Building a world-class cancer center
Brown launched the cancer center in 2020 to harness the cancer research, translational science and clinical trials happening at the University and its affiliated hospitals, and to encourage new collaborations with the potential to produce breakthroughs. The center builds on Brown’s scholarship and clinical strengths across multiple fields of study, taking a broad approach to research — from working to understand how cancer develops, grows and metastasizes, to developing new therapeutics for patients in a personalized way.

The center in its first year became a member of the Association of American Cancer Institutes, which comprises 103 premier academic and freestanding cancer research centers in the U.S. and Canada. The larger goal is to gain designation by the National Cancer Institute (NCI), which supports the research infrastructure for cancer centers to advance scientific goals and facilitates cancer programs that bring together investigators from different disciplines.

There are currently 71 NCI-designated centers in the United States. El-Deiry — a professor of medical science and of pathology and laboratory medicine, and an attending physician in hematology-oncology at the Lifespan health system — is leading the mission to establish the first NCI-designated cancer center in Rhode Island.

“Achieving NCI designation would boost collaborative research, increase the portfolio of clinical trials and bring cancer-related funding to the University and our Warren Alpert Medical School-affiliated health systems, Lifespan and Care New England,” El-Deiry said. It would also expand collaborations with other cancer centers, foundations, the state, national cancer organizations and industry partners, he added.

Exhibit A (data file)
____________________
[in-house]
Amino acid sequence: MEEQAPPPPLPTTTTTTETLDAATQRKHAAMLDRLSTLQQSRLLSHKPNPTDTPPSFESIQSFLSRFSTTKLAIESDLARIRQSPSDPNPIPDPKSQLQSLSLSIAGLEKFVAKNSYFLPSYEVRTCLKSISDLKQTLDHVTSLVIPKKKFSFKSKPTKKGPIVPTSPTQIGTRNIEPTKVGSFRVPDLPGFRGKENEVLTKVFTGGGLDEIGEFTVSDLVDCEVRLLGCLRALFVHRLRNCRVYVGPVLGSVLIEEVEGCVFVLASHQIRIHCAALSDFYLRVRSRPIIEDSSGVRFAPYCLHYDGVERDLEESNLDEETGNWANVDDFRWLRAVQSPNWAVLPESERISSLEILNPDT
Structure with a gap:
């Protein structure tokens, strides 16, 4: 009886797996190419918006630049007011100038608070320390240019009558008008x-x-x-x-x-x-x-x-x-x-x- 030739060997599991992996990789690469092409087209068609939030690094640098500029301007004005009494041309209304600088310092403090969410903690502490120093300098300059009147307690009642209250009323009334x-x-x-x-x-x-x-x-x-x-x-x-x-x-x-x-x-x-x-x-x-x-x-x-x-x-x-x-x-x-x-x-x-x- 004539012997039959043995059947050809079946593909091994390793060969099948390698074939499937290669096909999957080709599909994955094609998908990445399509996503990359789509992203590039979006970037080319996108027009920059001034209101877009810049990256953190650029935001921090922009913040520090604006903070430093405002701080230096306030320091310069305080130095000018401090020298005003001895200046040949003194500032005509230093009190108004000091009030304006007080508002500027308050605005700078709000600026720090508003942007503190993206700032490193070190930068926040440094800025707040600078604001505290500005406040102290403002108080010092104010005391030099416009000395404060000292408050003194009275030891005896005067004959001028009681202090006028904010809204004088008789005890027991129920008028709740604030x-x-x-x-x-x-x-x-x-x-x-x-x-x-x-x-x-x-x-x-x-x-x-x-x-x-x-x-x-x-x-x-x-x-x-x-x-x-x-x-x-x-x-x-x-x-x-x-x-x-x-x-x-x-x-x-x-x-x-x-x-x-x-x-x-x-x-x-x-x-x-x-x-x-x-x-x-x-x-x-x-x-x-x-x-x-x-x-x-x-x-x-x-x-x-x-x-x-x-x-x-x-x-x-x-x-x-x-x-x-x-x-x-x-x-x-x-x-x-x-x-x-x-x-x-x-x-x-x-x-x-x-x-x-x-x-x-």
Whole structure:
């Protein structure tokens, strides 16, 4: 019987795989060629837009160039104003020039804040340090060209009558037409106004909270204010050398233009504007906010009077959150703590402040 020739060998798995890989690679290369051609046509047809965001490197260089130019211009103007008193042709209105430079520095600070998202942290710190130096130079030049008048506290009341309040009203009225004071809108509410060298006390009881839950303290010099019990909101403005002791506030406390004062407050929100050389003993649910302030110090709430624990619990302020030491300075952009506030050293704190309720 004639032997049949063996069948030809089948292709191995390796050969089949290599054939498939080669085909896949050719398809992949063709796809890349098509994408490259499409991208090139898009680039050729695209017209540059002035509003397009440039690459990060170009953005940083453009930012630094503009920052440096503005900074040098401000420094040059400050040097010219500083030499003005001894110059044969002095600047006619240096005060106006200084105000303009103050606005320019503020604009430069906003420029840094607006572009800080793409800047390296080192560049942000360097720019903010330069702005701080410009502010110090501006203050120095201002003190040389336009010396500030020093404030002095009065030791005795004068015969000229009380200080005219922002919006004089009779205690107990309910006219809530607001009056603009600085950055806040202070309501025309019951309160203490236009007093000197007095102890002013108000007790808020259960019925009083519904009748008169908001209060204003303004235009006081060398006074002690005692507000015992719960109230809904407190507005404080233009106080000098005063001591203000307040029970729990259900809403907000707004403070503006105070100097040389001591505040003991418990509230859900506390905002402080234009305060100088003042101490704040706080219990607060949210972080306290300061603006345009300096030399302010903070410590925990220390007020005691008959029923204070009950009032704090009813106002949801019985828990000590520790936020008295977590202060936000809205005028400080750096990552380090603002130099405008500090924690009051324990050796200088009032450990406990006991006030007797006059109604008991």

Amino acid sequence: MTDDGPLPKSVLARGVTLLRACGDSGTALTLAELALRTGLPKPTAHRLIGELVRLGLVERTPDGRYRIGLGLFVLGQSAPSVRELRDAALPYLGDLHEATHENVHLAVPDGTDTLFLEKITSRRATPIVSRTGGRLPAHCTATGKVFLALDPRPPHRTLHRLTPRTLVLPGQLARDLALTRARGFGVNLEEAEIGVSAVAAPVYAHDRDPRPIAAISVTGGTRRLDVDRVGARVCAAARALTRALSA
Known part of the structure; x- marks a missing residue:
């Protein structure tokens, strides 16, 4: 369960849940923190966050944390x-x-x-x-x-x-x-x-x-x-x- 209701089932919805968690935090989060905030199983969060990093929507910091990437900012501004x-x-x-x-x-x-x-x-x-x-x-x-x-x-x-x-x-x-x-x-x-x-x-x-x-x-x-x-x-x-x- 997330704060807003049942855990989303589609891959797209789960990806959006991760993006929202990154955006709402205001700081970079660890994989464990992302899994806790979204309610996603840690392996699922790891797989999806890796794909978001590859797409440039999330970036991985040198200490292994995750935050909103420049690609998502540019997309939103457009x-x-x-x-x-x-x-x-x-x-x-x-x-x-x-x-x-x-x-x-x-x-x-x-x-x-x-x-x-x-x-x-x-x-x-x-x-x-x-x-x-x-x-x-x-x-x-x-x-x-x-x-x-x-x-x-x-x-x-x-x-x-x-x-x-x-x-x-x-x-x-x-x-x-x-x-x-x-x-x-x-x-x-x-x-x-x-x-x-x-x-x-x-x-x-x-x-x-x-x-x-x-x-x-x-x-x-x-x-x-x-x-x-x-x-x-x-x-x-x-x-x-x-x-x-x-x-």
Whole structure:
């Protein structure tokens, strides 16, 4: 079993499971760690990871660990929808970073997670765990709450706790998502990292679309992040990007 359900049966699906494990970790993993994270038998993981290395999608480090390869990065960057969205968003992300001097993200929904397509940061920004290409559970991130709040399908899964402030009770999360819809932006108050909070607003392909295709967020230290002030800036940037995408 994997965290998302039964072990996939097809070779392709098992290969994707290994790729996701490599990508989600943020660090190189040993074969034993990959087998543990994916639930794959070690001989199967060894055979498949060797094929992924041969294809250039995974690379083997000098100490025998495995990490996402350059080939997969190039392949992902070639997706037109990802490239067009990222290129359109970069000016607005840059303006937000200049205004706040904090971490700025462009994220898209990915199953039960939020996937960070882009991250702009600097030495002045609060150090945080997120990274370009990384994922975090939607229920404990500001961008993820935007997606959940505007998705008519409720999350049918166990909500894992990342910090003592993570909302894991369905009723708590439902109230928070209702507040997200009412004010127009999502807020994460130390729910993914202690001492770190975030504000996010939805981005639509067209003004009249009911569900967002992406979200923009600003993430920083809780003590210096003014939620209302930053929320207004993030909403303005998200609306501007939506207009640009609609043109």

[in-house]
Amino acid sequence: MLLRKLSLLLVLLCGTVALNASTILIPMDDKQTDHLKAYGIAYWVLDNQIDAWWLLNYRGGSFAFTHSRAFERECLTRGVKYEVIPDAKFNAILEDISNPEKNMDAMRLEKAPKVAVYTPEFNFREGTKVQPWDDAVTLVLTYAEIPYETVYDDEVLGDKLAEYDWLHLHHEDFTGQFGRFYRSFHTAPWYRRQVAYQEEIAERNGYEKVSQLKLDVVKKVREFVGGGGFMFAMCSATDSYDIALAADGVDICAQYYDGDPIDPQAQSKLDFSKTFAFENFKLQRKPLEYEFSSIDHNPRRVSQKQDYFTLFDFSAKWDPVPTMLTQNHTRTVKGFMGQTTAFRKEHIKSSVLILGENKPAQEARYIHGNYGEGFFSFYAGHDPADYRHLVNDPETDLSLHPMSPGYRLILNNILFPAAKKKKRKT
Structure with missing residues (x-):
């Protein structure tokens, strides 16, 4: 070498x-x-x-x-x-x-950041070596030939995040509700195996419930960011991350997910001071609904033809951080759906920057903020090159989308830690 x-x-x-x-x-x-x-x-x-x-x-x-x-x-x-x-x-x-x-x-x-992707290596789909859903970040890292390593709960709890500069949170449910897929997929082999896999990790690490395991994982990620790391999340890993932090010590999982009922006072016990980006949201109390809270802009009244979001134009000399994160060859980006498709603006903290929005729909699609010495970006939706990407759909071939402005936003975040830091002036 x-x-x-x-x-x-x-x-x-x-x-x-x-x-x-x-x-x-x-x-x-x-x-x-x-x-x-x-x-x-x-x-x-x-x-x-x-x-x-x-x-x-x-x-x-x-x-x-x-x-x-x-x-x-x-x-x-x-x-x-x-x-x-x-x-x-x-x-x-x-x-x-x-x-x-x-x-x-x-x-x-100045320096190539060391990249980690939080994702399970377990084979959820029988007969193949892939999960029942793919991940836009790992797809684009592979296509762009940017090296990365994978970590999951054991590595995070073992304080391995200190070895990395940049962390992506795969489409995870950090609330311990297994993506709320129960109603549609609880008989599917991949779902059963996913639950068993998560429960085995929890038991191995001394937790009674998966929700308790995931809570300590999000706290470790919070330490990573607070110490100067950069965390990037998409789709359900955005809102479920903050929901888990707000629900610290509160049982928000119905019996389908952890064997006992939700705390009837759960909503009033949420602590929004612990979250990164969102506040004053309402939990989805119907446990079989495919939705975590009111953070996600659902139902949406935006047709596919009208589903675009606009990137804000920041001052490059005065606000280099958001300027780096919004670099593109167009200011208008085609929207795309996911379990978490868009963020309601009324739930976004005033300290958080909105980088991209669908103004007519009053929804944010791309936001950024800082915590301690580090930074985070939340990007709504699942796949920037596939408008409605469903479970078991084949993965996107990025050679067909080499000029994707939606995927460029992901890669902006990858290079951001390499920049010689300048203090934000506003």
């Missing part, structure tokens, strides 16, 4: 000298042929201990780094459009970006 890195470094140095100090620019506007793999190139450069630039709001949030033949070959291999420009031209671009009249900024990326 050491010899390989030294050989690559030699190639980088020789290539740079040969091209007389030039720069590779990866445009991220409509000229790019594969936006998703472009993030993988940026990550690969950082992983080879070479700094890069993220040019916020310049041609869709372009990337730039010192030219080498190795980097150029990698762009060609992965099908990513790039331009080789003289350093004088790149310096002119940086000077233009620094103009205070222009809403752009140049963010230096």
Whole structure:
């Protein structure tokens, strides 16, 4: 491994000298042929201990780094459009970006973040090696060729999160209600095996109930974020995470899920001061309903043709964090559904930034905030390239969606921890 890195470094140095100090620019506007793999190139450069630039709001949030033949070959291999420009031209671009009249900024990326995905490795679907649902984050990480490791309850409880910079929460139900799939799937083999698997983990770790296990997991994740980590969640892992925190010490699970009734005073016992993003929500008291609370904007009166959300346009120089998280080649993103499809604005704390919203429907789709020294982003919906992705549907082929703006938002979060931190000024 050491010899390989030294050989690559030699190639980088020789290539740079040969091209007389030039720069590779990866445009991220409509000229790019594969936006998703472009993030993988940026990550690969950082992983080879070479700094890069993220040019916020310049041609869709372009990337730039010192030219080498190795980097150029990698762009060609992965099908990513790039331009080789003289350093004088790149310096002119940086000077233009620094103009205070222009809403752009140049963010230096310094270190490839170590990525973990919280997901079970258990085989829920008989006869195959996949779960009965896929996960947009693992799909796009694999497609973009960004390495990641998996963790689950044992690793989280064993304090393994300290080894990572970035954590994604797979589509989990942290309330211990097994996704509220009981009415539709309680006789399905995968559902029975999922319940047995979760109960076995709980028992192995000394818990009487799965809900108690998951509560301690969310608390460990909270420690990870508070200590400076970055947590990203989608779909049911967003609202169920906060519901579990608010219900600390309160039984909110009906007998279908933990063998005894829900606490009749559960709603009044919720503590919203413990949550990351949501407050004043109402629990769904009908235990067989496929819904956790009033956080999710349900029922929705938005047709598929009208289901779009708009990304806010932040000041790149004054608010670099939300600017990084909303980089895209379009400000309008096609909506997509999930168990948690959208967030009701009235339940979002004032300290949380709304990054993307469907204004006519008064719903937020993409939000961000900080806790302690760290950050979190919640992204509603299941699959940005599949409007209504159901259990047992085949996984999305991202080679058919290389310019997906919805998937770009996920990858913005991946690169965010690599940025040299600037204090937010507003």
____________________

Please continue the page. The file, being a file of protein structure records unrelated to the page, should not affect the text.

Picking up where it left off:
El-Deiry said that he and other colleagues pursuing the cancer center’s mission are grateful for the Legorretas’ generous donation, which is fortuitously timed: “Even before the center was formally established, work had been ongoing with our partner institutions to expand capabilities in the area of clinical oncology and cancer research.”

According to El-Deiry, NCI-designated centers are expected to work with community stakeholders to identify specific needs and generate programs to address them. Researchers at the now renamed Legorreta Cancer Center are working in Rhode Island to better understand how geographical, racial, socioeconomic, genetic and other factors affect cancer prevalence. They will also seek to identify and overcome the obstacles that prevent local community members from getting the best possible care, he said.

For example, El-Deiry said, Rhode Island has high rates of bladder, lung, prostate, breast and endometrial, brain and certain gastrointestinal cancers. The center has worked to recruit experts who specialize in those areas, including Dr. Sheldon Holder, a physician-scientist who is an expert in genitourinary cancer and joined the center last April.

El-Deiry himself is another: He has done important research on cell death and discovered a molecule, ONC201, that has shown effectiveness in treating inoperable brain tumors — he is now working to modify the molecule so that it can work on other cancers, such as that of the pancreas. Earlier in his career, El-Deiry discovered a gene that controls cell division, called p21 or WAF1.